internet stocks rise from ashes

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    Interesting article from today's "The West Australian" IT section. Note Marc Andreessen, co-founder of Netscape Communications', perspective expressed in the closing paragraphs:

    Internet Stocks Rise from Ashes


    AFTER years of ridicule and ruin, internet stocks are seducing investors again.

    The handsome stockmarket gains posted so far this year by eBay, Yahoo, and other internet companies have sparked a debate over whether the surge heralds a dotcom comeback or another investment bubble.

    Optimists say internet stocks are being embraced again because the once-forlorn sector is producing impressive sales growth in an otherwise lacklustre economy.

    Online auctioneer eBay, for instance, began this year with first-quarter revenue of $US476.5 million ($768 million) - a 94 per cent increase from last year.

    Excluding gains from acquisitions made during the last year, eBay's revenue still rose 56 per cent.

    At the end of April, eBay's shares stood at $US92.91 - a 37 per cent gain since the end of 2002. Investor enthusiasm has helped lift eBay's market value to $US29.8 billion as of April 30 - more than many far larger corporate giants, including Ford Motor Co and General Motors Corp.

    That kind of growth became even more impressive as a long list of brick-and mortar businesses disclosed depressed first-quarter revenues amid the anxieties leading up to the Iraq war. "The internet is the only part of the economy that's really working right now," said venture capitalist J. William Gurley of Benchmark Capital, which owns a stake in eBay.

    Pessimists, though, say internet companies still aren't growing fast enough to justify their premium prices. They question the value of eBay, widely regarded as the internet's biggest business success.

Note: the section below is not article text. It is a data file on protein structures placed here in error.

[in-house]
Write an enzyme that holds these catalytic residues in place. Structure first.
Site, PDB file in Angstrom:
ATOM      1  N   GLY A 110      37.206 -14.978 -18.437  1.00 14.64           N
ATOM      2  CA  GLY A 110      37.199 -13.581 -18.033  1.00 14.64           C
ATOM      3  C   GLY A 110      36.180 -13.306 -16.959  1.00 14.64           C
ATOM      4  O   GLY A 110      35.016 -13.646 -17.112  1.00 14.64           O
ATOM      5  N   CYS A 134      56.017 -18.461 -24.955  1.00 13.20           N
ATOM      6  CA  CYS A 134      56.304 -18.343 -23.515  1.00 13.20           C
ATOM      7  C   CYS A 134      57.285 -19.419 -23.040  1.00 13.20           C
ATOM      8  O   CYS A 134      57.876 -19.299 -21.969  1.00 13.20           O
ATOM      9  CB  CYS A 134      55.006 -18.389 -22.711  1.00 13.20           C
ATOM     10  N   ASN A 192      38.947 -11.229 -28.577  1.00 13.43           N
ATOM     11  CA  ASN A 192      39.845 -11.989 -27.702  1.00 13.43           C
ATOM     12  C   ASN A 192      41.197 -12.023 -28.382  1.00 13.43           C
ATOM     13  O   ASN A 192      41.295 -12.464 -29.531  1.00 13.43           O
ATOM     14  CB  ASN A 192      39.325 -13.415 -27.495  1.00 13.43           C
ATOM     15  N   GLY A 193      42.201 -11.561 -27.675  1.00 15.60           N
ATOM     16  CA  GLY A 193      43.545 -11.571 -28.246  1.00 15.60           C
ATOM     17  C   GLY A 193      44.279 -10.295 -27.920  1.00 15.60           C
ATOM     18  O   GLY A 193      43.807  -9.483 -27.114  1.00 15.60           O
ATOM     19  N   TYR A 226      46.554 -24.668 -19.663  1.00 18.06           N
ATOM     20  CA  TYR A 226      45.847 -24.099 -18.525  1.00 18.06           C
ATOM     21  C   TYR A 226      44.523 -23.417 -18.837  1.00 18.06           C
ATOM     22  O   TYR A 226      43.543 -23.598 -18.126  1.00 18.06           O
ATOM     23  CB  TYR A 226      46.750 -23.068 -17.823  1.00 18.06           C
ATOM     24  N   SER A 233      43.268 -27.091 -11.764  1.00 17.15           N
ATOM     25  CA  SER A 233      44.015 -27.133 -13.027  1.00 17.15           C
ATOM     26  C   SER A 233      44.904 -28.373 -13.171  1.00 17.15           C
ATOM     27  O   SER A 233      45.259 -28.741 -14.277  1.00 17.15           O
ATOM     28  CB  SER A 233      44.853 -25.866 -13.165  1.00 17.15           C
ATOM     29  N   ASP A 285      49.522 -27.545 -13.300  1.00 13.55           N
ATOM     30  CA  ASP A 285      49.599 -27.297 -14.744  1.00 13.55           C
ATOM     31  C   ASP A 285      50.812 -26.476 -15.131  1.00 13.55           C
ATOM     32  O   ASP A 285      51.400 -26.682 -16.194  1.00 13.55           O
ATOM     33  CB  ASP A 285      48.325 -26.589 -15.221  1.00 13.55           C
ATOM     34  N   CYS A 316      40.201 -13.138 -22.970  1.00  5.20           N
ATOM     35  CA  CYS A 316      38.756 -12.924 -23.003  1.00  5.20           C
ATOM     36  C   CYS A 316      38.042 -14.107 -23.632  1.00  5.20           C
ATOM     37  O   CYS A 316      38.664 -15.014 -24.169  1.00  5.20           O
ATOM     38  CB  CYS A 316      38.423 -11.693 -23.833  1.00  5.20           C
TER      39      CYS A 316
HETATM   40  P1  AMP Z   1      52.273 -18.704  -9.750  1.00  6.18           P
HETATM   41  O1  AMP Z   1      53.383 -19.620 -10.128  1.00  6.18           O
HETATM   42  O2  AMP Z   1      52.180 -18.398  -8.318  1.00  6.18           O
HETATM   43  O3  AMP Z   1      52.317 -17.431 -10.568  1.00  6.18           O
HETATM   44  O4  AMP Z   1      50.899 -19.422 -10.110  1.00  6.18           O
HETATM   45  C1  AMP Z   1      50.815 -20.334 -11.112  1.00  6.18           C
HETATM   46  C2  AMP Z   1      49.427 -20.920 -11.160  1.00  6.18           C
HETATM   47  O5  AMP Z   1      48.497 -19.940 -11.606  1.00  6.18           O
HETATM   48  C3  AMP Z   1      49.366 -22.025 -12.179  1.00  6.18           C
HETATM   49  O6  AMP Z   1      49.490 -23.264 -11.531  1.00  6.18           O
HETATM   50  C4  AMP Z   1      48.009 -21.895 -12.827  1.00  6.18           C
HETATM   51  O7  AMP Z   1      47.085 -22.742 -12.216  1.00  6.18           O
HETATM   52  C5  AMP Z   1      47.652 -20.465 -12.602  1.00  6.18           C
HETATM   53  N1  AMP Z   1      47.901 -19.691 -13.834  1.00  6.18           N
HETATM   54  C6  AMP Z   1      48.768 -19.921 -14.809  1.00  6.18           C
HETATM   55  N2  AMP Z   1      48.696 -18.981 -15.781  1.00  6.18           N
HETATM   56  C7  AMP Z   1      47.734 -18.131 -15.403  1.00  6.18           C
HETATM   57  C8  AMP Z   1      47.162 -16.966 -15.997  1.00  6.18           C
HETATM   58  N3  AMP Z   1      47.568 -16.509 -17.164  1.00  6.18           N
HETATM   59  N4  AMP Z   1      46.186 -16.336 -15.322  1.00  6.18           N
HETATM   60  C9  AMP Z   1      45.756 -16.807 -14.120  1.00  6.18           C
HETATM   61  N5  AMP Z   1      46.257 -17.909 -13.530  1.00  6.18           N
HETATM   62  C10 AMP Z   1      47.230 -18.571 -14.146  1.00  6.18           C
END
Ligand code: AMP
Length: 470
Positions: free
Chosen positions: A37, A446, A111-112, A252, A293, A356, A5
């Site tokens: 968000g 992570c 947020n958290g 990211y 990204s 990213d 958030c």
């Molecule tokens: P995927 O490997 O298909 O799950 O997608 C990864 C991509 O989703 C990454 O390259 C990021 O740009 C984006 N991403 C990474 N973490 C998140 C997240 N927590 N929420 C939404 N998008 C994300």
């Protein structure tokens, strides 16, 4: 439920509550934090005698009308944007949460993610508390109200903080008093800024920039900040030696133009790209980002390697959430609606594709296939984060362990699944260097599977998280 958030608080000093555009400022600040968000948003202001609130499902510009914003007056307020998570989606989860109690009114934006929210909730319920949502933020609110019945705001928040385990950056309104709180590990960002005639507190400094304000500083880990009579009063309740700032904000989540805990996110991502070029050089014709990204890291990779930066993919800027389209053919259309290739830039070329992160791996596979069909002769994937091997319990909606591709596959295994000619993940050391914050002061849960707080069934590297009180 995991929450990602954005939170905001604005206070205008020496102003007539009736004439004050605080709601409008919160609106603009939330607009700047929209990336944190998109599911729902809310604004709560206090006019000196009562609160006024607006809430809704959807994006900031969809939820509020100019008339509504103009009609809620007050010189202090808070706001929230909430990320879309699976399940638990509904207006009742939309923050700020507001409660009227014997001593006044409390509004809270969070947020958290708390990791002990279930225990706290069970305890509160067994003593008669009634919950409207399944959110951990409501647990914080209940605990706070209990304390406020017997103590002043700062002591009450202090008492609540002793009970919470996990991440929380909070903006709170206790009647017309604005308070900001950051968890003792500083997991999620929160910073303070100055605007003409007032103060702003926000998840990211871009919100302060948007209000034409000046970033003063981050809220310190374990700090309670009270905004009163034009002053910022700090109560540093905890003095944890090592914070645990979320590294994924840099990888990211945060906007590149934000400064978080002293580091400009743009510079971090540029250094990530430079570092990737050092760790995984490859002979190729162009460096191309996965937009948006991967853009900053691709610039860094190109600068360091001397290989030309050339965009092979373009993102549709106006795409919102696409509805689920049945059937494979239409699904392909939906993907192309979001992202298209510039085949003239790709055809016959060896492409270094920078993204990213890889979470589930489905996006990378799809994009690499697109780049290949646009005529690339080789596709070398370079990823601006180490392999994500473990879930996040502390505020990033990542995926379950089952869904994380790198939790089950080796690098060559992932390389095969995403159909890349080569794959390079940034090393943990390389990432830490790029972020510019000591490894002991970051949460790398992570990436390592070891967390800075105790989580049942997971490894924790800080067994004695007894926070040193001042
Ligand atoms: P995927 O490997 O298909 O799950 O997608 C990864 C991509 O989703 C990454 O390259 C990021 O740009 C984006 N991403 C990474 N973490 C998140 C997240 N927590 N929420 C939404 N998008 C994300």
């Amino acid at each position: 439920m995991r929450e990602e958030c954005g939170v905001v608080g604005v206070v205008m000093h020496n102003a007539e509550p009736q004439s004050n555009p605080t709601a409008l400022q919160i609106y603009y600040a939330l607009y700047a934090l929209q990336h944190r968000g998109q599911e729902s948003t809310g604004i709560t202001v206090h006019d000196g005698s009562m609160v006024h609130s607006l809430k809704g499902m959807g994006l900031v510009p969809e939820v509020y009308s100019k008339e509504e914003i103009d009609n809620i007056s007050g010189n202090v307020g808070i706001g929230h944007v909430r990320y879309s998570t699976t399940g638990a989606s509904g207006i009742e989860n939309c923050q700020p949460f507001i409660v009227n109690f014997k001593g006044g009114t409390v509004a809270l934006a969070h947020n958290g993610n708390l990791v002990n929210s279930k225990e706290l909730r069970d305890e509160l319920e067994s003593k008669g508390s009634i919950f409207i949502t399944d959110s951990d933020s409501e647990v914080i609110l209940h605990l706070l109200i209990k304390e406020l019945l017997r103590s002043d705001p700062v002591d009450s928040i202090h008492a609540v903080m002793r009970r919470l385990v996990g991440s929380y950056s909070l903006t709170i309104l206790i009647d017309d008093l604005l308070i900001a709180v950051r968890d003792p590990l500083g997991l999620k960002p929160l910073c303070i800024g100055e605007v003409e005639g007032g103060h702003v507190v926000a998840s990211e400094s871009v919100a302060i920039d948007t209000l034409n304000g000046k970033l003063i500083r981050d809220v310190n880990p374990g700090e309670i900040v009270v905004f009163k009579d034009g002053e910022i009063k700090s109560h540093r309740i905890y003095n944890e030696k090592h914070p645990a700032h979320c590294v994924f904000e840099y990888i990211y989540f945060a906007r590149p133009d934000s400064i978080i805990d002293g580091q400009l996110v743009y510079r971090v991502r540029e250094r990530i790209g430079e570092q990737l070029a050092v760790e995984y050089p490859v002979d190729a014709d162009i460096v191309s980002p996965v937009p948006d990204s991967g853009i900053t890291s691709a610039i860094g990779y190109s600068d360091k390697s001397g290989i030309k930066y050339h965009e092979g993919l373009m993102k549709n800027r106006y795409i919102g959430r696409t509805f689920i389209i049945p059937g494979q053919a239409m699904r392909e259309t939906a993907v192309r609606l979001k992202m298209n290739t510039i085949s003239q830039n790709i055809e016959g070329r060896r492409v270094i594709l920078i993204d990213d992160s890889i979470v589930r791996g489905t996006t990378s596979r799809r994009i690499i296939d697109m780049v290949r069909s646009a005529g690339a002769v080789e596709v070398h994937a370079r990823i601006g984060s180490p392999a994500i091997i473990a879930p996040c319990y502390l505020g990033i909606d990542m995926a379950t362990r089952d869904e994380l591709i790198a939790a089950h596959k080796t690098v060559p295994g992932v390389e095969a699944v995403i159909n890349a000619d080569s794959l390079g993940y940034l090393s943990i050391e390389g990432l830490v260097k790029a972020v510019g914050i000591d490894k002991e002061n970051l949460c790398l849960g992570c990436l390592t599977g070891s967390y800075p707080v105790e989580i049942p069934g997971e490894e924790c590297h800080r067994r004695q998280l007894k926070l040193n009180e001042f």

The renewed fascination with internet stocks extends beyond eBay. By the end of April, Yahoo's stock had climbed 51 per cent for the year, raising its market value to $US15 billion.

    Some smaller internet companies are faring even better. The stock of search engine provider Ask Jeeves Inc more than tripled during the first four months of the year while the shares of online DVD rental service Netflix Inc more than doubled.

    The Dow Jones internet index is up 25 per cent for the year. That compared to gains of 2 per cent for the Dow Jones industrial average, 4 per cent for the Standard & Poor's 500 and 10 per cent for the tech driven Nasdaq.

    Despite the rally, most internet stocks remain a long way from peaks they reached during 1999 and early 2000.

    The recent rise of internet stocks may seem stunning, given how badly investors were burnt over the past three years.

    But many veterans of the high-tech industry have been predicting internet businesses would flourish again. These expectations are largely based on what's happened in other industries driven by revolutionary breakthroughs.

    Marc Andreessen, co-founder of Netscape Communications, draws a parallel to the mid-1980s when a boom in personal computers began to fizzle. Some market pundits declared an end to the PC's glory days. Those gloomy statements look silly now, given the dazzling successes of companies like Microsoft, Intel and Dell Computer that, in retrospect, were built on the rubble of an initial investment bubble.

    "We are going through almost exactly the same curve with the internet," he said.

    For those who believe the internet is in the early stages of an economic renaissance, it makes perfect sense to buy stock in the dotcom survivors.

    "People are starting to realise that there are technologies and businesses enabled by the internet that weren't possible before," said Marc Benioff, chief executive of, a privately held company that may test Wall Street's appetite for dotcoms later this year.

    The potential for a long run of growth makes it difficult to appraise the value of internet companies.

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